When God gives you the desires of your heart, it’s not kosher to complain that the food was slightly less good than anticipated, or that the view from your hotel room could have been better. You don’t complain that the kids seem to be doing TOO well without you, or that living in the lap of luxury, with no commitments other than lounging on the beach of the Atlantic in perfect weather, makes you feel restless rather than restful.
These things are not done. So I will say that the “bleisure” trip (business+leisure), on which I accompanied my husband, was just the right length of time being away (three days), and when I got restless, I walked, all over the island, from the top to the bottom, in search of good coffee and french toast, but I couldn’t find a Starbucks or a greasy spoon until the afternoon before we left.
These are not problems of course. They are mentalities affected by receiving far too much in the way of material satisfaction by doing far too little, and I suppose anyone is susceptible to them, particularly anyone who is on vacation from prayer among other disciplines.
Add to the situation the knowledge that someone (though not you) has paid dearly for access to all of these amenities, and yet simple amenities, like complimentary coffee, are hard to come by, unless you have a rolled up wad of twenty dollar bills in your pocket with which to ask questions and receive answers, or to acknowledge the privilege of having someone hold a door for you, carry a bag or fetch a car.
Charging a single drink to your room is shown to cost $25, and it occurs to you to ask of the world at large–Who are these people? Who considers this luxury commendable, and its price tag a worthy cost? Who likes finding in their room a stack of catalogs suggesting the most desirable way to dress at this hotel, from the silk tunics and $500 sunglasses down to the La Perla thongs? While I love luxury in theory, and long for it, I remain conflicted about how to enjoy it when it comes.
Except for the unpleasant act of tallying your bills, walls have been built around every unpleasant aspect of life. You may remain blissfully unaware of service entrances, trash receptacles, or the existence of mini-vans (they always park the Maserati by the front door). It is impossible even to stand sentry in your room long enough to resist the turndown service, to say to the invisible witness of your shameful indulgence– that shadow who enters your room only when you are absent– that you are capable, indeed find it preferable, to crawl into bed unassisted, and kick your own underwear out of the center of the room.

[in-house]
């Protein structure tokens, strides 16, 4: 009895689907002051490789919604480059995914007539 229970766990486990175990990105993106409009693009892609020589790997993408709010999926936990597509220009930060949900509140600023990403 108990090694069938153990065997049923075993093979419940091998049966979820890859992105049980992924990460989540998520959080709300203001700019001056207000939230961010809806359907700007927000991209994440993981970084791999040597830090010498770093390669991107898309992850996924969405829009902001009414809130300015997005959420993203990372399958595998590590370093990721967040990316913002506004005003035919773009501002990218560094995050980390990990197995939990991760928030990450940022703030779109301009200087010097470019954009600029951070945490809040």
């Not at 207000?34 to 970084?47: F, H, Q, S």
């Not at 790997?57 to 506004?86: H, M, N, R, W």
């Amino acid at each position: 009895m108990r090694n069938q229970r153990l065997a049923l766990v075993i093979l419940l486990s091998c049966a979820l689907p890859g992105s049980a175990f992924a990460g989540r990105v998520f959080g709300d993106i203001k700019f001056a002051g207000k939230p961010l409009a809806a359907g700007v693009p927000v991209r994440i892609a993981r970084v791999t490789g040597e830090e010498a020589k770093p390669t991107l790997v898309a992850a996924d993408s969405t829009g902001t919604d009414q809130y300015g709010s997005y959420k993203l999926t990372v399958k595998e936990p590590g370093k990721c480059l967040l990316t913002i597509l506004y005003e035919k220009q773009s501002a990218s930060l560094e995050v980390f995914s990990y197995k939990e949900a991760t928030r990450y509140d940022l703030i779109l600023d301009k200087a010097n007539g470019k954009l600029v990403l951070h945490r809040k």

It’s one of my least admirable qualities–the one I most hate in myself– that I can find fault with anything. On being handed the world, I’m likely to find it cheap, and the people who desire it, too easily satisfied. It’s not that I wanted to be anywhere else or doing something else; it’s that all the conditions were favorable for happiness, and happiness still proved to be the most rare commodity.
I felt caught between the contradictory dispositions of thinking I’ve done my time; I’ve earned my reward and the sense that I could never in a million years earn nor deserve a paradise that excludes all suffering.
Every kindness is paid for, every indulgence or beauty comes with the quality of having been earned and therefore deserved. When everyone seems to lack visible hardship or want, there’s no need to offer help or generosity. It’s an environment that has no need of God, and indeed one fears God would spit its inhabitants out of his mouth.
Plus, I had too much wine at the corporate dinner and said a bunch of stupid things to my husband’s coworkers.